IEEE Secure Development Conference

October 18 - 20, 2022
Georgia Tech Hotel and Conference Center
Atlanta, GA

Sponsored by the IEEE Computer Society Technical Committee on Security and Privacy



Posted on: August 25th, 2022 by SecDev

Brian LaMacchia
Microsoft Research

The Long Road Ahead to Transition to Post-Quantum Cryptography

Bio: Brian LaMacchia is a Microsoft Corporation Distinguished Engineer and heads the Security and Cryptography team within Microsoft Research. His team’s main project at present is the development of quantum-resistant public-key cryptographic algorithms and protocols. Brian is also a founding member of the Microsoft Cryptography Review Board and consults on security and cryptography architectures, protocols, and implementations across the company. Additionally, Brian is an Adjunct Associate Professor in the School of Informatics and Computing at Indiana University-Bloomington and an Affiliate Faculty member of the Department of Computer Science and Engineering at the University of Washington. Brian also currently serves as Treasurer of the International Association for Cryptologic Research (IACR) and as a Vice President of the Board of Directors of Seattle Opera. Brian received S.B., S.M., and Ph.D. degrees in Electrical Engineering and Computer Science from MIT in 1990, 1991, and 1996, respectively.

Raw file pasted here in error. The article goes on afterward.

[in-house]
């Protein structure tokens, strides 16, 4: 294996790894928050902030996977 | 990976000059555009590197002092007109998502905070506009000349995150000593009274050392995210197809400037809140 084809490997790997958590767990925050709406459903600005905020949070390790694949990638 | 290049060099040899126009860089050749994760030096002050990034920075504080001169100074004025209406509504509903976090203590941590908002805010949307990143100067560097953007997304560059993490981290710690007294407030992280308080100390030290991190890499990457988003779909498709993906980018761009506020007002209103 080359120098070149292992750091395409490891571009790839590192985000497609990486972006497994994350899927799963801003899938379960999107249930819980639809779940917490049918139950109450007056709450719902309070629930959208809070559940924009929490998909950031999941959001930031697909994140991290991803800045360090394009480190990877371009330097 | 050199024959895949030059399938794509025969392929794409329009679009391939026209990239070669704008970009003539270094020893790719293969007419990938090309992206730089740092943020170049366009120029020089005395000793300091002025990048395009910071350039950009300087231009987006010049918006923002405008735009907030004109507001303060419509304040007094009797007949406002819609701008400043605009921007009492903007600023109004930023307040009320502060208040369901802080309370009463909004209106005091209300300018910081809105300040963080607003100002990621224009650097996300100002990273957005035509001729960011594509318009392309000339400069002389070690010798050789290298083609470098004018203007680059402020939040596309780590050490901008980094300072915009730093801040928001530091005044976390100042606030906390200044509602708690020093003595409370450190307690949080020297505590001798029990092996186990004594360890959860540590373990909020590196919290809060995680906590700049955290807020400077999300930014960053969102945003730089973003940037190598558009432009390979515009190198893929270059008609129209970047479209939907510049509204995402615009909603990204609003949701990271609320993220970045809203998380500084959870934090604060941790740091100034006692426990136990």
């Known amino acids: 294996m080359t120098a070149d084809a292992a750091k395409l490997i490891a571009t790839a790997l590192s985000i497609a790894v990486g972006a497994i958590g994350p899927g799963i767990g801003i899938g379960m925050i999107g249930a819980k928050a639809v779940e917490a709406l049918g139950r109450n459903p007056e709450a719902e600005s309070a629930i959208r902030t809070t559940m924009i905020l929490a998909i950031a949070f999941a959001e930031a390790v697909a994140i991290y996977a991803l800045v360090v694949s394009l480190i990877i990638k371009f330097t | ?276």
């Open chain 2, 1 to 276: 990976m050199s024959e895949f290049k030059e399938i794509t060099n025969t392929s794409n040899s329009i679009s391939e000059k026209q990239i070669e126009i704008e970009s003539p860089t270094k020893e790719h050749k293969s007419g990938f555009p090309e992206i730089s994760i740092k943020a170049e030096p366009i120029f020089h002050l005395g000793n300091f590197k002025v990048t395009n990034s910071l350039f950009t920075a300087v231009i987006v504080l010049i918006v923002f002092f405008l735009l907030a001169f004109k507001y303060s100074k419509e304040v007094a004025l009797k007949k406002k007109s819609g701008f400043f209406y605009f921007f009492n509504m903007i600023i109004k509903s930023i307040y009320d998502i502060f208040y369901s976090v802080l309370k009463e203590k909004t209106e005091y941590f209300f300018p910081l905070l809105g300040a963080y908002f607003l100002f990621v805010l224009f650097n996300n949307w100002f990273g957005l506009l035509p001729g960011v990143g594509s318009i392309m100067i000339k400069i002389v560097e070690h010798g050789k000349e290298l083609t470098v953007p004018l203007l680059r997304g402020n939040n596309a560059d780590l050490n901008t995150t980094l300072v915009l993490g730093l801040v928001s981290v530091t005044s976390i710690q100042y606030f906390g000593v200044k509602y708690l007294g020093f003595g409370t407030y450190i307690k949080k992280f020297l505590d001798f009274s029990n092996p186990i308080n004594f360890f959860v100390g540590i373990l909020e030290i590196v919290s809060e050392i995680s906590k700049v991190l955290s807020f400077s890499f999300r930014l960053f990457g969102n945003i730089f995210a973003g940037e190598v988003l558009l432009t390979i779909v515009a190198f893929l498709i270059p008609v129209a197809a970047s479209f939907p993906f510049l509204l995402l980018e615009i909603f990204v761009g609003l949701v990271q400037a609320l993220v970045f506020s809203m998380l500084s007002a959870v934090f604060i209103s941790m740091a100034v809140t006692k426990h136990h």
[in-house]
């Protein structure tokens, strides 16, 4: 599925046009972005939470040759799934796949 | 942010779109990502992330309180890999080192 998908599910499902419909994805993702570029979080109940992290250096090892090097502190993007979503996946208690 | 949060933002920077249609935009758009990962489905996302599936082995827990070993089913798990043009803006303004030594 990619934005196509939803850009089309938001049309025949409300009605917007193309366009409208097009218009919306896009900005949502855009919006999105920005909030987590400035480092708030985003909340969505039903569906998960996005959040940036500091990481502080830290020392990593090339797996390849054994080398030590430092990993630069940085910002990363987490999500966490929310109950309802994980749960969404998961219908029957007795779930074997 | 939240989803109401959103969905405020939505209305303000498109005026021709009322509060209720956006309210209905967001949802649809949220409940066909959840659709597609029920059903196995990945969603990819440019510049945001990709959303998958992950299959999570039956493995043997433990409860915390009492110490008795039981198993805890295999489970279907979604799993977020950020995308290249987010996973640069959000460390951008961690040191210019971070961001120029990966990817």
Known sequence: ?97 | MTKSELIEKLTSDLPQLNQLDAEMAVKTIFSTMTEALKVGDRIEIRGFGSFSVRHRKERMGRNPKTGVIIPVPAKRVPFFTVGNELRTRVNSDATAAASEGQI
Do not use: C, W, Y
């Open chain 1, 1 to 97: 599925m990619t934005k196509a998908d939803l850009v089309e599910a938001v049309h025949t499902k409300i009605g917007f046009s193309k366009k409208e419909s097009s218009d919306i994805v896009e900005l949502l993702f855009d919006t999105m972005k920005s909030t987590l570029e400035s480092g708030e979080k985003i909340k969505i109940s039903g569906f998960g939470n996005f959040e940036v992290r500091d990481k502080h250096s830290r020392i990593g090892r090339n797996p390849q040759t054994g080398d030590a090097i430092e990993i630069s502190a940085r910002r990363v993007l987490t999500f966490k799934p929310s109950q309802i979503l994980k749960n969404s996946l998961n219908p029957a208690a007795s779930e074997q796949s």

Abstract: The transition to post-quantum cryptography (PQC) is underway and the US National Institute of Standards and Technology (NIST) recently announced the first PQC encryption and digital signature algorithms they have selected for standardization. These initial selections by NIST mean that work will now begin in earnest to update our commonly used security protocols with these new algorithms, even as the NIST PQC activity continues for several more years and will likely yield additional choices for standardization in the future. In parallel with these standardization activities, users and organizations across the Internet can and should start planning now for their own migrations to PQC. My talk will explore the history and current landscape of the PQC transition including projected timelines for PQC deliverables from NIST and other standards bodies, concrete steps to take today to prepare for your own transition to PQC, and what resources are available to help.